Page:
You may have discovered that businesses can no longer send postal bags via DPD. Is this really true? And if so, what packaging can you use to send parcels via DPD?
Do DPD parcels have to be in a box?
Yes. DPD states in its packaging guidelines that customers should ‘always use a strong, rigid carton…made of high quality corrugated cardboard’. In addition, they recommend using strong packing tape, as Sellotape is not reliable enough.
Can I send DPD parcels in second hand boxes?
Yes. When sending parcels via DPD, it’s perfectly fine to pack in used boxes, provided that they are good quality boxes and undamaged. This is because the strength of the box can be weakened once the box is damaged.
DPD says, ‘Make sure you remove (old) barcodes and that the addresses are complete and clearly legible.’ This is an important requirement – if you forget to remove an old label your parcel could get lost!
Second hand cardboard boxes are a much more environmentally friendly option, so if you are conscious of reducing your carbon footprint and reducing waste then quality used boxes are an excellent option.
Make sure your label is affixed to the box and any existing labels are covered over.
Other packing tips to protect your goods
It is also wise to follow additional DPD packaging guide to ensure box strength.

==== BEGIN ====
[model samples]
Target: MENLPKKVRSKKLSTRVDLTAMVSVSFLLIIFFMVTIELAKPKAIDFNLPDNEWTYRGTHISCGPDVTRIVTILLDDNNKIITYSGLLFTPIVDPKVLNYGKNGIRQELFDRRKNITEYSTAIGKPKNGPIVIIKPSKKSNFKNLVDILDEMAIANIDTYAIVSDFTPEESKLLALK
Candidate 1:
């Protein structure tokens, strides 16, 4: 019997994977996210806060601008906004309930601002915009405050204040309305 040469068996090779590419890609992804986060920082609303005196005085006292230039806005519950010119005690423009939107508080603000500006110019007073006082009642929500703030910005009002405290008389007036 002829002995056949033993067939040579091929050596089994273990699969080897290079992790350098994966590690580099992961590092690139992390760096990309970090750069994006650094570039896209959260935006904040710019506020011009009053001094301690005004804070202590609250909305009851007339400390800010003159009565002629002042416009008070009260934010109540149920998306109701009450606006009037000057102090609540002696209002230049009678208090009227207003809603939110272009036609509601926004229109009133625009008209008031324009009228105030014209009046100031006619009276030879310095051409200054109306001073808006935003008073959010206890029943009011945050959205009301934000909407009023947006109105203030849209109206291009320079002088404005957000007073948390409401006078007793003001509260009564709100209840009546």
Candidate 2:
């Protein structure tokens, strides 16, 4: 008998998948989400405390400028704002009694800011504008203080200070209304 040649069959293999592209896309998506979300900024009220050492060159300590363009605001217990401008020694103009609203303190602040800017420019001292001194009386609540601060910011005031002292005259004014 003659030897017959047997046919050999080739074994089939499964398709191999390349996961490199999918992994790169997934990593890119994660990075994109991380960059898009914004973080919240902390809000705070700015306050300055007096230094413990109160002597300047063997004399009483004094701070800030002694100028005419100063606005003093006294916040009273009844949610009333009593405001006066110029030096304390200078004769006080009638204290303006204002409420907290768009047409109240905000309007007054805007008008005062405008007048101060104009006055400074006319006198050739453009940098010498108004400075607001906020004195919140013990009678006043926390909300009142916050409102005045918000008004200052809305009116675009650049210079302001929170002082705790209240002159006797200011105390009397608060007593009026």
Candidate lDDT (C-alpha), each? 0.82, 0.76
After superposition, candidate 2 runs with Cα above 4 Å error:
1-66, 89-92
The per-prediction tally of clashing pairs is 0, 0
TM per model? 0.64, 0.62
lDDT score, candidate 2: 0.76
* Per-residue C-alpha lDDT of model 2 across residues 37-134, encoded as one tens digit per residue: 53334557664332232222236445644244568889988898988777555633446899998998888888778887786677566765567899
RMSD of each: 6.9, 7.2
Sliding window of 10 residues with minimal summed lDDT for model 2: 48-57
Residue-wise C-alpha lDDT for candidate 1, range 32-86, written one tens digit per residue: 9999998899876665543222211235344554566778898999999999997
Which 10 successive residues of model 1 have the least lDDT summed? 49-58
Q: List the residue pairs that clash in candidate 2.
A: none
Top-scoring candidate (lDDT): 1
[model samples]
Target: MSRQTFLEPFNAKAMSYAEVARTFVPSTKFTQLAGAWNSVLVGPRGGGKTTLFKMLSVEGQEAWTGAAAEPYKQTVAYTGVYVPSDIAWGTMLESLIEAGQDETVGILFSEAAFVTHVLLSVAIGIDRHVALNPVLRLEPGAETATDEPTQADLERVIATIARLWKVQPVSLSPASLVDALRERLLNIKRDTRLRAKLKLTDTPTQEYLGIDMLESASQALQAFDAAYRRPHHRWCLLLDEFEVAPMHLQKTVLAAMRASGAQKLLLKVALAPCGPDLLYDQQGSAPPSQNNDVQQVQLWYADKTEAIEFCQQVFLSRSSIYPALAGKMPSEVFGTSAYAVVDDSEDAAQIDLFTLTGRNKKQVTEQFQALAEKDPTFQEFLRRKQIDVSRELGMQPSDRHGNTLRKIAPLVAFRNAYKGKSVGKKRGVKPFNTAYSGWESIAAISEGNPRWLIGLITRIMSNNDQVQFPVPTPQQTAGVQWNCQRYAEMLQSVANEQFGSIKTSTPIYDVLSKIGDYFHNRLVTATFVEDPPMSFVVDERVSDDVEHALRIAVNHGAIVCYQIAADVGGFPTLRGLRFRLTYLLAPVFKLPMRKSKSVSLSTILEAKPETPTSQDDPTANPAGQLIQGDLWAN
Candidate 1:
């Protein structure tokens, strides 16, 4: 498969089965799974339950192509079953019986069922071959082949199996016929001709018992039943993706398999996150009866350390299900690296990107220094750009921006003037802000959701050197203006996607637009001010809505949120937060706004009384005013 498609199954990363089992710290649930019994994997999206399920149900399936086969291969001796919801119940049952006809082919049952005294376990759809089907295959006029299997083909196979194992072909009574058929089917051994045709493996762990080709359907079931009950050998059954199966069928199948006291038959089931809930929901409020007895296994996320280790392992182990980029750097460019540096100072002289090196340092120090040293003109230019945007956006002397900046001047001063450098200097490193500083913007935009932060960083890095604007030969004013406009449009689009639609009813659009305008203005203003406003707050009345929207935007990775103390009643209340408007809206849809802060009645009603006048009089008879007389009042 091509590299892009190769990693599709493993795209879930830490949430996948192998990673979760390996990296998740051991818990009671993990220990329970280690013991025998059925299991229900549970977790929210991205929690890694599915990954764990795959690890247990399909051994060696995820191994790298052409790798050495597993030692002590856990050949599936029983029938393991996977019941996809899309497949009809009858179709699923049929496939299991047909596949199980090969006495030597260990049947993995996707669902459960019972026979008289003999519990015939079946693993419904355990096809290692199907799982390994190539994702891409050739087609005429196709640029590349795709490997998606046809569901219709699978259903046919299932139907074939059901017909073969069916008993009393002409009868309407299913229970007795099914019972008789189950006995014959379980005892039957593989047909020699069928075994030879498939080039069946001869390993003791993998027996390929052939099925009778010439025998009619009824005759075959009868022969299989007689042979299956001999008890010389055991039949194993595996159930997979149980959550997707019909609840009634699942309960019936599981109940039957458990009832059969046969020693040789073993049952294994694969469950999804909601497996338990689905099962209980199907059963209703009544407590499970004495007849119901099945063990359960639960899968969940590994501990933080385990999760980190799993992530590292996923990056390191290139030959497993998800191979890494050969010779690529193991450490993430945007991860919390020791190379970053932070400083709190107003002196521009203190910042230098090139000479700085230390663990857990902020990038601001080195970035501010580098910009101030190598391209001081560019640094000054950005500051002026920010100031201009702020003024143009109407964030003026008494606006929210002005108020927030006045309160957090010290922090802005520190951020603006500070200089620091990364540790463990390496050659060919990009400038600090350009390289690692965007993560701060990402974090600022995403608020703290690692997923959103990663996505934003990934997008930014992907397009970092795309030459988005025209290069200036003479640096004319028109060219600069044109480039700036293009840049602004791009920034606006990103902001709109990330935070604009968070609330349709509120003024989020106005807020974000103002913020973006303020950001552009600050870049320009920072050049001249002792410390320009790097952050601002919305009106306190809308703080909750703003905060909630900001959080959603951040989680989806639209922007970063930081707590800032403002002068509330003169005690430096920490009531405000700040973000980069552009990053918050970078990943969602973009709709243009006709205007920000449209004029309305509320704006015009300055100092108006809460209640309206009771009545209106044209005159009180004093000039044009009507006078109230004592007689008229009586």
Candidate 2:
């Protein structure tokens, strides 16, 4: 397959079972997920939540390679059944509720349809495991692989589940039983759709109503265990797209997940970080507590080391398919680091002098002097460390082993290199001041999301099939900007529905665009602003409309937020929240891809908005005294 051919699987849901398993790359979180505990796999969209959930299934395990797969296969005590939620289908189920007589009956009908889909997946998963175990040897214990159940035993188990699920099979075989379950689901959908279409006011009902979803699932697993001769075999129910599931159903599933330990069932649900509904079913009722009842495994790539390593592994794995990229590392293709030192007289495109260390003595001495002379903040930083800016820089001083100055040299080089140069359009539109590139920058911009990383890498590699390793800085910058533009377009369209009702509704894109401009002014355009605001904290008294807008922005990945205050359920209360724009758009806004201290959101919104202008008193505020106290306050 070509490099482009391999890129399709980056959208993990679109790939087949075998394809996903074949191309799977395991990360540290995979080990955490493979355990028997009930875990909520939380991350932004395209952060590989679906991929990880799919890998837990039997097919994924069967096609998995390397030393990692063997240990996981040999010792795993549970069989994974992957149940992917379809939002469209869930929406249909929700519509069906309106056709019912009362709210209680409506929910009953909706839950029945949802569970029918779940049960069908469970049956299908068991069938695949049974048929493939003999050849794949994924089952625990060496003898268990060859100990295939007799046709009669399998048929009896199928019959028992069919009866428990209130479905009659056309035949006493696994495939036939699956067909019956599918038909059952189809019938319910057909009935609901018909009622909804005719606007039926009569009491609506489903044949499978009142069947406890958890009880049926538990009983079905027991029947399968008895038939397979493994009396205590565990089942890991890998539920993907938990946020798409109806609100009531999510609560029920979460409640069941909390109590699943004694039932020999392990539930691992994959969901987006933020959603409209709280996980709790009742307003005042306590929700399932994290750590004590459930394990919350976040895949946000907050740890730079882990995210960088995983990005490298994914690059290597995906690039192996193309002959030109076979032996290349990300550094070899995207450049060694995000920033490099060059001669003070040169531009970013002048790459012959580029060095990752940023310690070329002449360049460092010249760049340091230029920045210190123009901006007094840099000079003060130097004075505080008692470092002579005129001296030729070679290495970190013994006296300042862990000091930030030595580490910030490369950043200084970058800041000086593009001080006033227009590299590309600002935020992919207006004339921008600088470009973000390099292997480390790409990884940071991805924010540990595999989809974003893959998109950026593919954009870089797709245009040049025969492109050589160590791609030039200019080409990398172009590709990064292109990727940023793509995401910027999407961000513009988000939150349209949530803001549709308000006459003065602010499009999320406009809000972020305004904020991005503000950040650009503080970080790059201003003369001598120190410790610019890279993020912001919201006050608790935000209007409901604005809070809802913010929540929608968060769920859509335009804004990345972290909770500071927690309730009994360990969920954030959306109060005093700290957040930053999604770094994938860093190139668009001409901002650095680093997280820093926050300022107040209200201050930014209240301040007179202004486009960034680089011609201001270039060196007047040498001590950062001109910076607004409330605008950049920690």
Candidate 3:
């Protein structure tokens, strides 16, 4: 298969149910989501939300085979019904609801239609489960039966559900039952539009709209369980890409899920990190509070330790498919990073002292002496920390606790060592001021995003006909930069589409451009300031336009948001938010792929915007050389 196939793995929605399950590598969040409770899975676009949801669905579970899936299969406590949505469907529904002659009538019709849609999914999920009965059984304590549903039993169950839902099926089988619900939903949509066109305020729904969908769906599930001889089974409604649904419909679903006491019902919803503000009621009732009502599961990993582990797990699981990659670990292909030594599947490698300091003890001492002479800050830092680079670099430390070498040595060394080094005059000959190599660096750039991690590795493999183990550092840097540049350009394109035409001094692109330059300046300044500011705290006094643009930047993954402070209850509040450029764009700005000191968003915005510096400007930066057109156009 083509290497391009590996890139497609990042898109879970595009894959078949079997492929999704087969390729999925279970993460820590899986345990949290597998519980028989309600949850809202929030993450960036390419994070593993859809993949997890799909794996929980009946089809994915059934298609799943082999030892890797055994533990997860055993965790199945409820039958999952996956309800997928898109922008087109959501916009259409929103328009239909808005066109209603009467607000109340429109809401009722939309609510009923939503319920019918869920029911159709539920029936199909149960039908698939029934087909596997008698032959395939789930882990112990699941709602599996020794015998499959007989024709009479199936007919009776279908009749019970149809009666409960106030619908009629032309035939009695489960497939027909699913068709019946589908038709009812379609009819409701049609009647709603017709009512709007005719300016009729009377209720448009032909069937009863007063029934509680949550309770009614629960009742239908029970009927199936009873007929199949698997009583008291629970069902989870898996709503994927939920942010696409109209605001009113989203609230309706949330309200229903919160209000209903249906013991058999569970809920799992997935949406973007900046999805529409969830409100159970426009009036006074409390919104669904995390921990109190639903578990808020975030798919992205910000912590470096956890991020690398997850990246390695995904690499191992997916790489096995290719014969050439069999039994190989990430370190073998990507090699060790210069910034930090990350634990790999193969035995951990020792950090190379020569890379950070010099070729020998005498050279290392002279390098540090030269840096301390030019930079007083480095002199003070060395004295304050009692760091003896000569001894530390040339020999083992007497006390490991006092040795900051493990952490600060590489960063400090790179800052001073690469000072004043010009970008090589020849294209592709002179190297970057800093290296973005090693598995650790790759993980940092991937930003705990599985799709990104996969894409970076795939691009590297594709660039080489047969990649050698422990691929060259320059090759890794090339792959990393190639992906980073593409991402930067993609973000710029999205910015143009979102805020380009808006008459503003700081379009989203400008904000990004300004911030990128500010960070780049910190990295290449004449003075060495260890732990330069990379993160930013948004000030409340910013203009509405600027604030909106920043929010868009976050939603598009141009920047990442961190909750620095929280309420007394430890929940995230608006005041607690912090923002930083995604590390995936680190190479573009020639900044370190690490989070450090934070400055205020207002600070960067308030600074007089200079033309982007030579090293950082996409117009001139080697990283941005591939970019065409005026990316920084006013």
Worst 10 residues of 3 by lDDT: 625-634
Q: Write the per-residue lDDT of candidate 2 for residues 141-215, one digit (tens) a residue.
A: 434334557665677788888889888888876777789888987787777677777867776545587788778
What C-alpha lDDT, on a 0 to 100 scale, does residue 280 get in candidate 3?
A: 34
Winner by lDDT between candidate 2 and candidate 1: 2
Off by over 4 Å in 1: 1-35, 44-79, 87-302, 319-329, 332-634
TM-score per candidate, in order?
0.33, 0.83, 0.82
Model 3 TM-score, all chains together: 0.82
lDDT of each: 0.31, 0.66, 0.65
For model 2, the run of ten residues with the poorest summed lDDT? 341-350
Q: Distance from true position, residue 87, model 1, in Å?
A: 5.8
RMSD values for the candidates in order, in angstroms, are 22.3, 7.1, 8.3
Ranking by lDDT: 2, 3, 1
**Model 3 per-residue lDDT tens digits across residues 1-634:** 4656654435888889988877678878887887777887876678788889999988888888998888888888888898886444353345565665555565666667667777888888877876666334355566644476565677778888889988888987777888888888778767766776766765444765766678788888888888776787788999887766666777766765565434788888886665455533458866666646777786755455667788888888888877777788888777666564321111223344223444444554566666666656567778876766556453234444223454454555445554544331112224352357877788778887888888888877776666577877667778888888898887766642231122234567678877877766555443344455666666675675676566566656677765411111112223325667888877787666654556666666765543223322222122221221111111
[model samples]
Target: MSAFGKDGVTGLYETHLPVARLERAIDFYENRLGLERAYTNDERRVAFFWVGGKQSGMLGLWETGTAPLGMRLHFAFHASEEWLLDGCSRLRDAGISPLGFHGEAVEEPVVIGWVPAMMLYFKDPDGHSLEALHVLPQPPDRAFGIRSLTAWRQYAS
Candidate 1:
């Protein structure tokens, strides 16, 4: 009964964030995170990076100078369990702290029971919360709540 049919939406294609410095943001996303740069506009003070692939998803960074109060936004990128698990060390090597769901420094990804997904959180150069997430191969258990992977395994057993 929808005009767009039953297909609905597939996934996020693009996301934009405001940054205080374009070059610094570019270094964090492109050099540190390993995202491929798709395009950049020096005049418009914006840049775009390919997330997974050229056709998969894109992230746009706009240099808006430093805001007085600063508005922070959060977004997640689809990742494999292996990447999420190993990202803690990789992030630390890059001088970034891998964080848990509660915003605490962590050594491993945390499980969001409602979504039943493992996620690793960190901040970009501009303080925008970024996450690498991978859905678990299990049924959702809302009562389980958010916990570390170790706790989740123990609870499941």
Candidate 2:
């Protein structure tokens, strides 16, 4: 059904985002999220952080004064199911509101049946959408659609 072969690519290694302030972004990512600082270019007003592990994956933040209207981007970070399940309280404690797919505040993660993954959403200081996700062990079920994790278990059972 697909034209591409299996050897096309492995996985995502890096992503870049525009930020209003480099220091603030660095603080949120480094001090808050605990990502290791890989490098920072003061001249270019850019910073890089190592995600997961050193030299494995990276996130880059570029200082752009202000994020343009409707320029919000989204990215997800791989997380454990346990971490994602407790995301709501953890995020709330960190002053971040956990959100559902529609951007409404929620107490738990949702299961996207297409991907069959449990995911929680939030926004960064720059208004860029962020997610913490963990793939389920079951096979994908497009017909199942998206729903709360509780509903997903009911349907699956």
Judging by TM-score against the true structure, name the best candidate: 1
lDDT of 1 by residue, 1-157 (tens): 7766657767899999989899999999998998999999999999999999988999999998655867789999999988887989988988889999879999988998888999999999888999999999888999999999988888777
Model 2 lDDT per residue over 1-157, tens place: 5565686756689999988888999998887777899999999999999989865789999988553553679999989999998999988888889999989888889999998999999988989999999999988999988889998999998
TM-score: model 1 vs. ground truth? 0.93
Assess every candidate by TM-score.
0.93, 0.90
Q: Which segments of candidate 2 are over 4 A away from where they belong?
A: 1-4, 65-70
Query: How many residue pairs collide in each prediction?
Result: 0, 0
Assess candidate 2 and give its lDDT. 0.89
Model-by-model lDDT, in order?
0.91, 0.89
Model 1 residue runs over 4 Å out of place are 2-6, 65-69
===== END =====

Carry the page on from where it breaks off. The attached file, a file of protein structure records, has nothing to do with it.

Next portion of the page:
DPD says ‘under-filled boxes are likely to collapse, and over-filled to burst open’ so you should choose a box that is not too big, and fill any spaces with packing paper or bubble wrap. Multiple items should be wrapped separately.
Our shipping boxes category generally contains only boxes that are double wall, strong double wall and tri wall (also known as heavy duty boxes). That's because customers looking for shipping boxes, whether to ship within the UK or to ship overseas, need cartons with excellent stacking strength because once it's out of your hands you need to be safe in the knowledge that the goods will be protected.
Author: Lauren Sadler | MSc Sustainable Development
Bio: Lauren is passionate about the circular economy and enjoys writing about packaging, business and sustainability - particularly zero waste and reuse.